Bloomberg Quint: May to Tell G-7 Google and Facebook Must Do More to Fight Terror. “Theresa May will take her beef with Google Inc. and Facebook Inc. to the Group of Seven meeting in Sicily, where the U.K. leader will call on Internet companies to do more to fight terrorism and take extremist material offline.”
Texas Monitor: New tracking tool shows Texas Republican congressmen among big spenders. “The nonpartisan Coalition to Reduce Spending, which created the website, gets its totals from Congressional Budget Office estimates. The tracker uses the up-or-down votes by members of the U.S. House and Senate on spending-related legislation, aggregating the spending contained in each bill for each member who votes yes. That provides a figure for each D.C. lawmaker.”
The Telegraph: MPs targeted with thousands of abusive tweets, study shows. “The think tank Demos and IT group the BCS studied 188,000 negative tweets sent to MPs over three months including last year’s EU referendum. It found that one in 20 tweets directed at them featured abuse, and the most targeted politicians were attacked in one in 10 messages.”
The Guardian: How social media filter bubbles and algorithms influence the election. “One of the most powerful players in the British election is also one of the most opaque. With just over two weeks to go until voters go to the polls, there are two things every election expert agrees on: what happens on social media, and Facebook in particular, will have an enormous effect on how the country votes; and no one has any clue how to measure what’s actually happening there.” I’m taking a little comfort in the idea that the rest of the world has learned from our dumpster fires.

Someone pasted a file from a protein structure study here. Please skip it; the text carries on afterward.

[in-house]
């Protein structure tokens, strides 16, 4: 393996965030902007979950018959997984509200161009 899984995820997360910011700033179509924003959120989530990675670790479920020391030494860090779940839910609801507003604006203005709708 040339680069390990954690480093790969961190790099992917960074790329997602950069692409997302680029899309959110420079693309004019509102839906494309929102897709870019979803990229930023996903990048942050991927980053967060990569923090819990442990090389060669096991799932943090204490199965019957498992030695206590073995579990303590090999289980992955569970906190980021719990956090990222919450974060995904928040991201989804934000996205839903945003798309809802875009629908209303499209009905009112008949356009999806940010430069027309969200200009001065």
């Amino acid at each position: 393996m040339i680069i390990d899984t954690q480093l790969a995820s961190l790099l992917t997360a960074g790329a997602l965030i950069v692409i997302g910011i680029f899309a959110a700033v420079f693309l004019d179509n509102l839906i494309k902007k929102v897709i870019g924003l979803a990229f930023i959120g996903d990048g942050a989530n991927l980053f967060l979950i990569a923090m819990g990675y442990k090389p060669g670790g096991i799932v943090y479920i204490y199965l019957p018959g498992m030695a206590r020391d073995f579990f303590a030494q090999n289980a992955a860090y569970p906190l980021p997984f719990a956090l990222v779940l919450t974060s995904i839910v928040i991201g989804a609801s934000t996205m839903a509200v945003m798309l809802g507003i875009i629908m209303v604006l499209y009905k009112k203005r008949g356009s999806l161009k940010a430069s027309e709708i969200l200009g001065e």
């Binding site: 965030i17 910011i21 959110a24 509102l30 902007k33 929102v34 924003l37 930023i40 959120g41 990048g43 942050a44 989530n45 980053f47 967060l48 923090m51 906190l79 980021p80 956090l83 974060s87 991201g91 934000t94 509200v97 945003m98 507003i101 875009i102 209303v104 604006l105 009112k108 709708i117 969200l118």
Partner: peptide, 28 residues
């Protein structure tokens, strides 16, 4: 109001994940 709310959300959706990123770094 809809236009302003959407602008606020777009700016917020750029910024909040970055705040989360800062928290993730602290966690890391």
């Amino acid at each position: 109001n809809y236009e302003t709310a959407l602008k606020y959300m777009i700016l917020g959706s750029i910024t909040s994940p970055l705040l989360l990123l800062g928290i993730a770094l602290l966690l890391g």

BBC: Iran’s Instagram election sees rivals battle on social media. “Rather than relying on state television channels to broadcast their campaign rallies, the two front-runners – President Hassan Rouhani and his hard line rival Ebrahim Raisi – have been live-streaming them on Instagram. At the touch of a button, anyone with a mobile device has been able to tune in, watch and show their support by adding to the blizzard of likes, hearts and smiley faces streaming across the screen.”
Washington Post: Under Trump, inconvenient data is being sidelined. “The Trump administration has removed or tucked away a wide variety of information that until recently was provided to the public, limiting access, for instance, to disclosures about workplace violations, energy efficiency, and animal welfare abuses. Some of the information relates to enforcement actions taken by federal agencies against companies and other employers. By lessening access, the administration is sheltering them from the kind of ‘naming and shaming’ that federal officials previously used to influence company behavior, according to digital experts, activists and former Obama administration officials.”
Business Insider: UK PM May pledges new powers to punish and tax social media firms. “British Prime Minister Theresa May pledged to create new powers allowing her to punish social media and communications companies that fail to look after users’ data, and to demand cash from firms to pay for policing the internet.”